There is a lot of pressure in college to find your people, get involved and take academically rigorous courses. Starting school is a form of culture shock. You are in a new environment away from what was previously normal and comfortable. It is a big change and the pressure of becoming involved is daunting. LMU has a lot to offer when it comes to getting involved, but finding what you like and where you belong can be hard.
This summer, I had the opportunity to be an orientation leader and help incoming freshmen in their transition to life at LMU. Orientation isn’t always the most positive memory associated with the beginning of freshman year, but we all had to do it. I was able to build friendships and find a sense of community among my fellow orientation leaders (O-leaders) throughout the two weeks that we worked together.
Even now, almost a week into school, I am still able to help lost freshmen find their classes and provide advice on these classes and/or the fastest route to UHall. I found a sense of belonging and meaning in an unexpected way that has shaped my LMU experience for the better.
Becoming an O-leader was an unexpected way to find a sense of belonging and meaning at LMU, but I still struggle as I meet new people. I love college, but we all have moments of loneliness where we question whether we belong or not. And that’s okay.
We all want to be included and feel welcomed. Arriving at a new environment for the first time can be scary. The need to belong is instinctive and we all go about achieving it in different ways. LMU has a lot to offer in finding where you belong: between clubs, sports and student government, there is something for everyone. I encourage you to search for the activities that you enjoy and try to be social in that way, but I recognize that putting yourself out there can be hard.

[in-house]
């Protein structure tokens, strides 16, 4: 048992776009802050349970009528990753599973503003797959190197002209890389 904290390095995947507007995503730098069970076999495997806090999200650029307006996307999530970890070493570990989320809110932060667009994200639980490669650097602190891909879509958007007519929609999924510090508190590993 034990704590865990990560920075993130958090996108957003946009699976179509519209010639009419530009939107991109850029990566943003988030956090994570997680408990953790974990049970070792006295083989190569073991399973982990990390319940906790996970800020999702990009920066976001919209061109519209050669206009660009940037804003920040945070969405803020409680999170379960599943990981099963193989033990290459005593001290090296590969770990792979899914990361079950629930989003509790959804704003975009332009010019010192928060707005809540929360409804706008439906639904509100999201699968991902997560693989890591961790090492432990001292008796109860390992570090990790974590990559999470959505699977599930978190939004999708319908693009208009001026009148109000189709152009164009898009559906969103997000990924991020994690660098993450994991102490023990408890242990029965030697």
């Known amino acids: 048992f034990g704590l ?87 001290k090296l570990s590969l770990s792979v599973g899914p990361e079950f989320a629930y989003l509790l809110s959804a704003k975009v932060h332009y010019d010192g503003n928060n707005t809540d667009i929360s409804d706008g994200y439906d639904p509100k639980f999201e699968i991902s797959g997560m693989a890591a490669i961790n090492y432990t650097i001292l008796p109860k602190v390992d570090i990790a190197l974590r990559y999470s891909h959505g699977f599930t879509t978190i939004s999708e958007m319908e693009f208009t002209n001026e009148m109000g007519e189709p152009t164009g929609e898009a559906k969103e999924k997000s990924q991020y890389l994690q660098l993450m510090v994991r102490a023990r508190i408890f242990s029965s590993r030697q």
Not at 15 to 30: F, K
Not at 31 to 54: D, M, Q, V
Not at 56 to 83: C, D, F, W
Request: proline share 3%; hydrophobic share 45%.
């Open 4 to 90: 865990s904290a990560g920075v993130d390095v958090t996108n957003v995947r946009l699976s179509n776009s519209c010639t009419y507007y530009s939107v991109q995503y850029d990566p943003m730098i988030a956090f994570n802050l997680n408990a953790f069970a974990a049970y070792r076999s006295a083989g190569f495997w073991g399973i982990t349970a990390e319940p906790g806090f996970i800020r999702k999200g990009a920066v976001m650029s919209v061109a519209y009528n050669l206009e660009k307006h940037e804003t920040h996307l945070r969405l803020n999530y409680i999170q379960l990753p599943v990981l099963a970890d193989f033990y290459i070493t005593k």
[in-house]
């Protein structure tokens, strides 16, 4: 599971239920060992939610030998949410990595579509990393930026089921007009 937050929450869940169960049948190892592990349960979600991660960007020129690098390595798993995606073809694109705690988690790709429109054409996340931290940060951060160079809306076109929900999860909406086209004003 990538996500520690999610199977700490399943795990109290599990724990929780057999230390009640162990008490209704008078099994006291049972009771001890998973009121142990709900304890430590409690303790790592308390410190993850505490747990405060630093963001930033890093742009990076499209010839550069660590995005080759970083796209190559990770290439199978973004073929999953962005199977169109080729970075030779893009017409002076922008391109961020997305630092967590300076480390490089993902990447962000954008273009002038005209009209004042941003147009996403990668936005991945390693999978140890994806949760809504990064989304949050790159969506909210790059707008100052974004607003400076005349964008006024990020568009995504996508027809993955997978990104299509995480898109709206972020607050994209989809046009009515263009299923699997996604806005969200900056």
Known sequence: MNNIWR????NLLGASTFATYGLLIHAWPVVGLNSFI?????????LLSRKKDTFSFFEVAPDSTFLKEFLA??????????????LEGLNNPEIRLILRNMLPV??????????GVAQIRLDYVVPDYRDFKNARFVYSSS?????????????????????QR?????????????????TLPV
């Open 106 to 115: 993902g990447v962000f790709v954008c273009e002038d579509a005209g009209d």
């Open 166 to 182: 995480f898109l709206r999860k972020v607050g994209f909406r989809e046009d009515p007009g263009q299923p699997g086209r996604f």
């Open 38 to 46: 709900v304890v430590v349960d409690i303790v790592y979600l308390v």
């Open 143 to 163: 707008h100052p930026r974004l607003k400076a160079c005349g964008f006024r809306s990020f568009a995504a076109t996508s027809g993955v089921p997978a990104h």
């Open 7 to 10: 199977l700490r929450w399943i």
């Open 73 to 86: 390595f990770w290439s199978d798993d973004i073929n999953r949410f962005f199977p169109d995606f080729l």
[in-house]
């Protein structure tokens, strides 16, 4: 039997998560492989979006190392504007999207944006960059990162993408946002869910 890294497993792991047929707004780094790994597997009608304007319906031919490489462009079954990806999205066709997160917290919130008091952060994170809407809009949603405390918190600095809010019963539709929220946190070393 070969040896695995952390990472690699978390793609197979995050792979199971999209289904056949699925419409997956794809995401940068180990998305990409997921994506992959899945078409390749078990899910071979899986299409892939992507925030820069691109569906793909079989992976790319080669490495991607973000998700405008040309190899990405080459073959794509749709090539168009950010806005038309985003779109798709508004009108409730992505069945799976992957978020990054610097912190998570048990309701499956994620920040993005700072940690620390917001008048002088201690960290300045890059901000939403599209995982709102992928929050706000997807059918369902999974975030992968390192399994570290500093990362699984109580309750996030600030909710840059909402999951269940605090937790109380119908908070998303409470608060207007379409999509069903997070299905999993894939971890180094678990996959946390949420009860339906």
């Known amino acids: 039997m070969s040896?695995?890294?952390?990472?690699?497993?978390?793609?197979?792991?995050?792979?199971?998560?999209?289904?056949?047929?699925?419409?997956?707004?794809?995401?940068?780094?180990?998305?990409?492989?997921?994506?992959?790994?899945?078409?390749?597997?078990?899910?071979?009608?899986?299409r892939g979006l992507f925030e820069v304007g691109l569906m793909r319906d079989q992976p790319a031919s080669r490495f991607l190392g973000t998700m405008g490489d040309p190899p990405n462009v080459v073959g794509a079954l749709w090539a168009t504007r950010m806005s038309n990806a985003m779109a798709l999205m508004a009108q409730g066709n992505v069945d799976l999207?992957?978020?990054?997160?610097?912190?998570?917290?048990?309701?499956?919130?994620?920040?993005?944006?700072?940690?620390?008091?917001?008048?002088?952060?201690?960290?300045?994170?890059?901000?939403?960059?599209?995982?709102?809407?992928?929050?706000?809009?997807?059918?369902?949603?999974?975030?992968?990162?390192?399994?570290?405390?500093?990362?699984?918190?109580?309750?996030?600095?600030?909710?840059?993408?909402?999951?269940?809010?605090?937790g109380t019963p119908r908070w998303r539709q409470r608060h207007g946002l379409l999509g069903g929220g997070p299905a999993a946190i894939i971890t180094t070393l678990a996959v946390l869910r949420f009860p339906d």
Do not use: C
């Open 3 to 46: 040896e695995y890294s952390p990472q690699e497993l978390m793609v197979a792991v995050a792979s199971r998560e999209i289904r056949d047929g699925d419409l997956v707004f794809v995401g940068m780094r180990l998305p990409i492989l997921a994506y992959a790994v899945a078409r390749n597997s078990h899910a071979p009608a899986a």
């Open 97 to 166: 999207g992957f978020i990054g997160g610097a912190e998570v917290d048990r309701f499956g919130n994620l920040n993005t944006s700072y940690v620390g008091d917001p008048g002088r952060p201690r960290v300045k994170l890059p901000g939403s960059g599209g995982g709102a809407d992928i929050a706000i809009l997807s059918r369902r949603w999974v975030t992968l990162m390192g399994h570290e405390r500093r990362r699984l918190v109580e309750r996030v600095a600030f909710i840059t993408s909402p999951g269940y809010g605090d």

With that said, involvement within your community is important and can help you become a more well-rounded person. Exploring different opportunities on campus can make LMU feel more like home and help overcome any homesickness or loneliness.
I want to emphasize that finding where you belong can take anywhere from a month to the entire fall semester or your entire freshman year. There is no formula for finding your place at LMU — it comes in many different shapes and forms and can change over time.
Personally, it took me a while to find where I belong. I signed up for a few different clubs that seemed interesting, and I only continued with one of them. Through that club, I was able to meet a friend who would later become my roommate and introduce me to all my other roommates. I found friends who support me and a couple of places on campus that I am fortunate to be a part of. I am always trying to grow and find new organizations to join and new people to meet — the search never ends.
I want to send well wishes to all my fellow LMU students and offer you all the best of luck in your college experience. My hope for all the new students and those returning is that they can find where they belong and that they can call LMU home.
This is the opinion of Sally Dean, a sophomore political science major from Pittsburgh, Pennsylvania. Tweet comments to @LAloyolan or email comments to the firstname.lastname@example.org.